Plato's Timeaus says “Whenever the craftsman looks at what is always changeless and, using a thing of that kind as his model, reproduces its form and character, then, of necessity, all that he so completes is beautiful. But were he to look at a thing that has come to be and use as his model something that has been begotten, his work will lack beauty.” So understanding not only Steve Jobs, but indeed anything at all of beauty, begins with the contemplation of that Platonic paragraph. I can try to put it into words as follows: Imagine a geek trying to copy a Vincent Van Gogh painting. Unless he can, so to speak, somehow grasp hold of soul of Vincent Van Gogh's work, all he can ever do is slavishly copy it, he can never be a real artist. In the same way you can't comprehend Apple's products at the intersection of art and technology in of themselves, you need go behind the surface and grasp both the dream Steve Jobs had in mind when he created them, and the working practices that enabled that dream to manifest.

Alan Deutschman, author of “The Second Coming of Steve Jobs”, has described how Steve Jobs studied the rise and fall of Sony and even collected, as a hobby, early Sony letterhead and marketing materials. What Steve Jobs was doing was getting in touch with the zeitgeist of Japan at its best, going behind the surface and thinking about the idealism of their products and working practices, developing the godlike philosophical vision that can see what others can not see, giving him seemly superhuman skills. Up until perhaps the 1960s Japan was a country without vision, it slavishly copied Western ideas and designs, not just in consumerism but even in philosophy. But at its height Japan had that flash of light that took it to a new level, it rediscovered the ultra-perfectionist ultra-clean zeitgeist of the Ancient Samurai Sword maker, and suddenly Japanese companies started producing better products than their Western competitors. For a while Japan looked like it was going to rule the world, it wasn't just the “world's factory floor”, the minimalist anti-brand shape but not colour philosophy of Muji briefly crossed the heavens like a shooting star and the slogan “build by robots” became ultra-cool.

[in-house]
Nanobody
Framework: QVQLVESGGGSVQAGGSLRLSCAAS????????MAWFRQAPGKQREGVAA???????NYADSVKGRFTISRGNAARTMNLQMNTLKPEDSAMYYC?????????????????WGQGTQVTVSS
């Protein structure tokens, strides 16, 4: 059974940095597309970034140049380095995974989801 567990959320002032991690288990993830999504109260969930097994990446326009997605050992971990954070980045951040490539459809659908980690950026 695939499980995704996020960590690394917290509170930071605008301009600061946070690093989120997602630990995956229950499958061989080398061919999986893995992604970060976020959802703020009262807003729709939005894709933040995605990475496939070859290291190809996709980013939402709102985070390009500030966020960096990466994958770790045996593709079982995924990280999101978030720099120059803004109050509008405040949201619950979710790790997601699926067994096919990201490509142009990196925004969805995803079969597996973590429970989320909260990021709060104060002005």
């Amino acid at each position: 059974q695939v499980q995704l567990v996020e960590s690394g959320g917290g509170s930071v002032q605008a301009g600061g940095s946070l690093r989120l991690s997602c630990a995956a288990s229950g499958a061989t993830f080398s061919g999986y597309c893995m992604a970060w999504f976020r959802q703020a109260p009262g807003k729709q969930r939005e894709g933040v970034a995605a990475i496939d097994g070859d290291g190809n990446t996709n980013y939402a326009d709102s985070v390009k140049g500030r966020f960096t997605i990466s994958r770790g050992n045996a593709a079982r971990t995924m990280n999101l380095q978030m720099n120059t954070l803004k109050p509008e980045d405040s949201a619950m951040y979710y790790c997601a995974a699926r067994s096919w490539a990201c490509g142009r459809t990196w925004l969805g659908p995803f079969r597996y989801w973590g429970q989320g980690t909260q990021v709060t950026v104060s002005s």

What went wrong in Japan? Think about Aesop's two famous fables describing the competition between grasshopper and ant type people, or hair and tortoise type people. In Europe the British are innovators and the Germans are perfectionists, so whilst the British pioneered many things such as the Industrial Revolution and Empire building, what the British started the Germans often ended up perfecting. For example, technological revolutions start with exciting entrepreneurial innovation, but eventually they consolidate into a very disciplined economy of scale game that is won by a different sort of man, not a courageous visionary leader of men like King Arthur or Agamemnon, rather a strong warrior like Lancelot or Achilles. The same thing is true even in mathematics, Newton was a beautiful leader, but calculus was perfected by the detail oriented skills of Leibniz. One is a sort of light-bulb thinker good at innovation, one is a laser beam thinker good at exploiting, and the rubbing of the two often creates war. For example, the British led the era of Empire building, and France followed along in second place, but when the Germans finally tuned up to the party they didn't just sail around the world swallowing primitive countries, they starting devouring Eastern Europe like no tomorrow. Compare, for example, the British in India with the Germans in Prague, the Germans (Prussians) made the British look like incompetent hand wavers. The war between the different types is frequently started by failing second rate powers who don't have the courage to wait until something new turns up, and persuade the leaders of the Ancien Régime to launch a bold pre-emptive strike against the upstart, and that's certainly how it worked back in 1914 Europe. Yet sometimes the new powers really are at fault, being more black and white than shades of grey they can get carried away in ignoble ways - the most extreme example in the 1930s being the contrast between the rather enlightened British who treated the Indians with a lot of respect and the ruthless Japanese who treaded the Chinese like cattle to be slaughtered for food. World government types dream of uniting everyone not just to prevent war, but also to promote economic efficiency - yet bad community building is often more dangerous than no community building at all. Globalization has to a certain extent produced that sort of outcome, so some countries today specialise in innovation, and others in manufacturing perfection, but it's a very fractious and inefficient coupling that could all go terribly wrong.